Opening her eyes, Angie saw a flurry of bright red hair, and two kind, though concerned, green eyes. The figure, female, sat down in the chair next to Angie's bed (she was in the infirmary?), and smiled.
"Who are you?" Angie asked, her voice slurring.
"Clary Herondale," the woman replied as her face swam into focus. "My husband Jace and I run the Institute here--"
"Institute?" She was in a mental facility?
Clary gave a short laugh, then clapped a slender hand over her mouth. "I'm sorry. The Institute is a place for Shadowhunters, like yourself, to remain safe from demons. We train together, and live here together, and it's quite fun, actually."
"Why was I--"
Rolling her eyes, Clary replied, "My son, Chase, took my requests to the extreme. I told him to invite the Seattle Shadowhunters to our Institute."
"Took that the wrong way then, didn't he?" Angie said, smiling. Clary nodded.
"You can return home whenever you want, we just wanted to make sure you had recovered."
Angie examined her hands. The runes Chase - Tim's brother, most likely - had drawn had faded until they were merely thick pink marks lacing across her skin. There was a faint tingle when she touched them, but otherwise she remained unhurt.
"Thanks, but I had better get home soon. Disappearing in the middle of the night...it's not really my style."
Clary flashed her an understanding smile, and helped Angie stand up.
"Hang on," said a voice at the doorframe. "You can't just let her go. I took it to heart to freaking kidnap her!"
Clary turned to look at her son. Angie's breath caught in her throat as she saw the dark, windswept hair, and the gray-green eyes that bored into her as though he could see through her soul. He was wearing a plain white t-shirt, through which you could clearly see the black runes that swirled up his chest and his arms.
"Chase," Clary said reprovingly. "Don't speak to your mother like that."
Chase muttered something under his breath. Clary gave him a reproachful glare as she squeezed past him into the hall, leaving Angie alone with the icy Shadowhunter.
"Why'd you kill Ethan?" Angie blurted.
Chase, it seemed, had been caught of guard. "He was a demon, Angie!"
"Angela," corrected Angie.
"My name's not Angela," Chase said, baffled. "I'm Chase." Angie glared at him and made a face, and Chase laughed.
"I'd best let you...recover," he said mockingly, turning around. Angie threw back the bedsheets and stood up, her hands balled into fists. She reached over her shoulder, instinctively, for her bow, but it was on the table next to her, her arrows gone.
"Good thing Dad took away your weapons," Chase smirked. He stalked away, leaving Angie fuming, alone.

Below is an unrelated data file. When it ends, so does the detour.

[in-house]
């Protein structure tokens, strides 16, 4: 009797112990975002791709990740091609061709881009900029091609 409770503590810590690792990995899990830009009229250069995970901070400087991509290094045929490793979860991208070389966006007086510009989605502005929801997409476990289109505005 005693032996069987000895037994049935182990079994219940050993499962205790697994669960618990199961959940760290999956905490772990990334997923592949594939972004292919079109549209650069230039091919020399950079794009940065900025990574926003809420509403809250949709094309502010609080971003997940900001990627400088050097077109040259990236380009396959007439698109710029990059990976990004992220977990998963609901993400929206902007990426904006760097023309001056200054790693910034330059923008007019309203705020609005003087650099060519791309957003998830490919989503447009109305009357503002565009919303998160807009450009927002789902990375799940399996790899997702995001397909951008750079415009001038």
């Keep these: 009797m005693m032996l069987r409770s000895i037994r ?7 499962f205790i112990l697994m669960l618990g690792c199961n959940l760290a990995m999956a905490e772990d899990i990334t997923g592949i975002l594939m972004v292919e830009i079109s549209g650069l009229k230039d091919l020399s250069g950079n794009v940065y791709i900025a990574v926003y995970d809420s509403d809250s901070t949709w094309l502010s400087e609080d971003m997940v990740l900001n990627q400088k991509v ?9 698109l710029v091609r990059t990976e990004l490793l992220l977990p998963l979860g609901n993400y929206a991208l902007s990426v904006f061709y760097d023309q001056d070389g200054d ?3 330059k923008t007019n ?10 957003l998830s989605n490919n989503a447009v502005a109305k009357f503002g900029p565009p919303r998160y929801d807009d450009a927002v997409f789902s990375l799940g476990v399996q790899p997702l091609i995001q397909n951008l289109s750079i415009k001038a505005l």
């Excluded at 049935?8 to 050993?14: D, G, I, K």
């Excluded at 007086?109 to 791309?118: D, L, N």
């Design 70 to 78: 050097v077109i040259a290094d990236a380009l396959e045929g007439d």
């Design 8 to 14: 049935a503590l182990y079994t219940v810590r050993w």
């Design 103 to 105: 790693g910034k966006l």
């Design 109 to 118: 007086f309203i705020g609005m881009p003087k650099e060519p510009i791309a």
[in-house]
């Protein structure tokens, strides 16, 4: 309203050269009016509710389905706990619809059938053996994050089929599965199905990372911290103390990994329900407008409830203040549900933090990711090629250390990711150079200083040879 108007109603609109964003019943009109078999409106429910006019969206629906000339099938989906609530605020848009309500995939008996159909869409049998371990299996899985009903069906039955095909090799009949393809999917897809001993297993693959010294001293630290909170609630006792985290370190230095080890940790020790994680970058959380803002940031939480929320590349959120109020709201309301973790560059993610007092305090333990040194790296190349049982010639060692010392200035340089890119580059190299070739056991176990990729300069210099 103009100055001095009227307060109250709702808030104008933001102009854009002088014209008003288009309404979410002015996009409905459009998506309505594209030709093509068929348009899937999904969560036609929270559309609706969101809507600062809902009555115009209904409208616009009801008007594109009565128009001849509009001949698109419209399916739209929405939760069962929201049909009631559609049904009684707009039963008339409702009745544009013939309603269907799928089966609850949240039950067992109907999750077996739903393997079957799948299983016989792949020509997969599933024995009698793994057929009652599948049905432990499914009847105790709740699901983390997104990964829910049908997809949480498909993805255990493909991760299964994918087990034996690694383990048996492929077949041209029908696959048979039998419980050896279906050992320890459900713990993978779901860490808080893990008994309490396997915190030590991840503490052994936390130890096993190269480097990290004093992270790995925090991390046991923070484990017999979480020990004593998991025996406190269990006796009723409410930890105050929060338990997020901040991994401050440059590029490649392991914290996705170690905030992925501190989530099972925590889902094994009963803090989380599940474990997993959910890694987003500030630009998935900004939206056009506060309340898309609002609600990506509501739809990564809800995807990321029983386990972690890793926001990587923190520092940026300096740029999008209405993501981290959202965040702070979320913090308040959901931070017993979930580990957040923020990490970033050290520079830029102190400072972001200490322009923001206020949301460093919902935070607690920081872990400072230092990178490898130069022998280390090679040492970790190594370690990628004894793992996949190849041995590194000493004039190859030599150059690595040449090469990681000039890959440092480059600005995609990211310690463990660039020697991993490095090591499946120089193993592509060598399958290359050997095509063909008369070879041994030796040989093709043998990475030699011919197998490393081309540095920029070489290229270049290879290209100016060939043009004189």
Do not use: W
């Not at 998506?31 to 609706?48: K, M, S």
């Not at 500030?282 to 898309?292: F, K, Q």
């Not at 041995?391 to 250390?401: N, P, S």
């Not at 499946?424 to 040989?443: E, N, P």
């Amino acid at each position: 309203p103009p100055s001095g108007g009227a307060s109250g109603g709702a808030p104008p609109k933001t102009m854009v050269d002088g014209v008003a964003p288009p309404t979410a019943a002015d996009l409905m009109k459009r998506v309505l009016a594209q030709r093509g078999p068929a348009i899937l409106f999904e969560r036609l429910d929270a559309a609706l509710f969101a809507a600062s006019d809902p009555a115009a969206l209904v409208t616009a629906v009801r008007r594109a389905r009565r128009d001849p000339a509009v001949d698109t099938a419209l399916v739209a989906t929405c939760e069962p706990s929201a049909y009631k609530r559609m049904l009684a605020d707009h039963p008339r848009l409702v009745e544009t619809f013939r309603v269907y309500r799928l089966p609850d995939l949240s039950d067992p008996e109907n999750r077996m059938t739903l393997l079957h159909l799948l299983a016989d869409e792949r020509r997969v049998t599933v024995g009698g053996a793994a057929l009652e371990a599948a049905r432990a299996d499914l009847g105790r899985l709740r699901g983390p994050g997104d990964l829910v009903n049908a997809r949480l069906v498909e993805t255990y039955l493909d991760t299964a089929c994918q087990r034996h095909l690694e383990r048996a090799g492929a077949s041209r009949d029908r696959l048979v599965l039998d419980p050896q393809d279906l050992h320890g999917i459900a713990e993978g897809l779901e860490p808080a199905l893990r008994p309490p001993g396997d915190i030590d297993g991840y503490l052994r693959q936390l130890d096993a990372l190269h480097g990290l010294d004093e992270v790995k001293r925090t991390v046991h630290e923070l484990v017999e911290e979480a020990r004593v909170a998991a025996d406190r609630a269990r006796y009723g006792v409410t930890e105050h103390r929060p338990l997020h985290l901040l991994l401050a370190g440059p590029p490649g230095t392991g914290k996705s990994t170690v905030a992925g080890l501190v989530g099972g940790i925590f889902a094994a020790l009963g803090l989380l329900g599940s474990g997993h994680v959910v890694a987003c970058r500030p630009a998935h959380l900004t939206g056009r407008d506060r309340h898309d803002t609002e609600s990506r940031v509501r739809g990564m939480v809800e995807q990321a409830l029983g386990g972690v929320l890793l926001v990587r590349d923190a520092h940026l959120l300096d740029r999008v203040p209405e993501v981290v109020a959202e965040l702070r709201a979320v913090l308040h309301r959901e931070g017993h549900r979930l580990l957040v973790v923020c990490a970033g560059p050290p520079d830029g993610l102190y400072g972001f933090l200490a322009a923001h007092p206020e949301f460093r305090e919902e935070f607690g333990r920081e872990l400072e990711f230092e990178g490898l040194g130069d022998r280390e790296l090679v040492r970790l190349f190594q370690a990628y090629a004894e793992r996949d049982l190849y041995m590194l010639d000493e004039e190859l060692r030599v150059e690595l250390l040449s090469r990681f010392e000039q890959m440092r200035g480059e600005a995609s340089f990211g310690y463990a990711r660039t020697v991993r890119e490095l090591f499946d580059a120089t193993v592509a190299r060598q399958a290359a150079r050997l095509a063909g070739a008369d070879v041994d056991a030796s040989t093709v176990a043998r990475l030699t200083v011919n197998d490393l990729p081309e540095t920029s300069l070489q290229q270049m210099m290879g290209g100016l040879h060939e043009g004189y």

Alone and abandoned.
Chapter Four - Tidal WiveEdit
" Lift your arms, only Heaven knows
Where the danger grows and it's safe to say
There's a bright light up ahead
And help is on the way, help is on the way "
- -- Owl City, Tidal Wave
Angie studied her feet, leaning against the doorframe at the front of the Institute. She had yet to see her mother's green Ford roll up the drive, and the moment was growing steadily more awkward. Angie could feel Chase's gaze on her back, and she resisted the impulse to turn and say something witty.
The light brush of a hand against hers startled Angie, and she leapt toward the edge of the doorway, knocking her head on the wood and stumbling, a hand to her forehead. "Stupid," Angie muttered, and turned.
As she had expected, Chase was standing next to her. His movements were swift and silent, his eyes cool and calm as he turned his head to look at Angie, as though she was the one who had bumped into him. Chase's gaze, though not as hostile as Angie had expected, was appraising and unwavering, daring Angie to be the first to look away. The rumble of a car's engine provided Angie with an excuse.
"That's my mom. See you." Angie slid her bow into her belt and descended the marble steps to her mother's car. Anna Branwell's reproving brown eyes met Angie's own as Angie yanked open the passenger door and slid in beside her mother.
"I should have told you," Anna whispered, her eyes suddenly brimming with tears. "I should have told you about this...all of this...the Institute...Shadowhunting...demons...I should have told you sooner."
"Mom, I don't--" Angie, however, couldn't get in a word, for her mom burst into tears and pushed her out of the car.
"I think you should stay here," Anna choked out, and leaned over to shut the passenger door.
"Mom!" Angie cried, banging on the window. Anna wiped away her tears and put the car into drive, stomping on the gas pedal.
Angie stumbled, nearly tripping, as the fumes from the car blew into her face, and she coughed. "Mom!"
"Angie?" Clary was immediately at her side as Angie turned. "Angie, what--"
"My mother just kicked me out," Angie said numbly. "I've got nowhere to go."
"What...what about your father?" Clary suggested tentatively, laying a gentle hand on Angie's shoulder. Though her voice was hesitant, Angie assumed she alread knew her father was deceased.
"Never believe a man is dead until you see his body," Clary said quietly. "Even so, you can stay with us. We've plenty of rooms, it shouldn't be a problem. We'll get you trained up, and everything."
Angie flashed her a brief smile. "Thanks, but I should probably go back to my apartment. My friends will probably get worried, and my housekeeper will freak if I'm not back."
"I insist." Though Clary had a smile on her face, her eyes were nervous and concerned, and the hand on Angie's shoulder tightened momentarily. Angie bit her lip.
"O-okay," she stammered. Chase gave her a nod from the doorway, and her eyes hardened as she turned back to Clary. "Everyone's trained together, right?"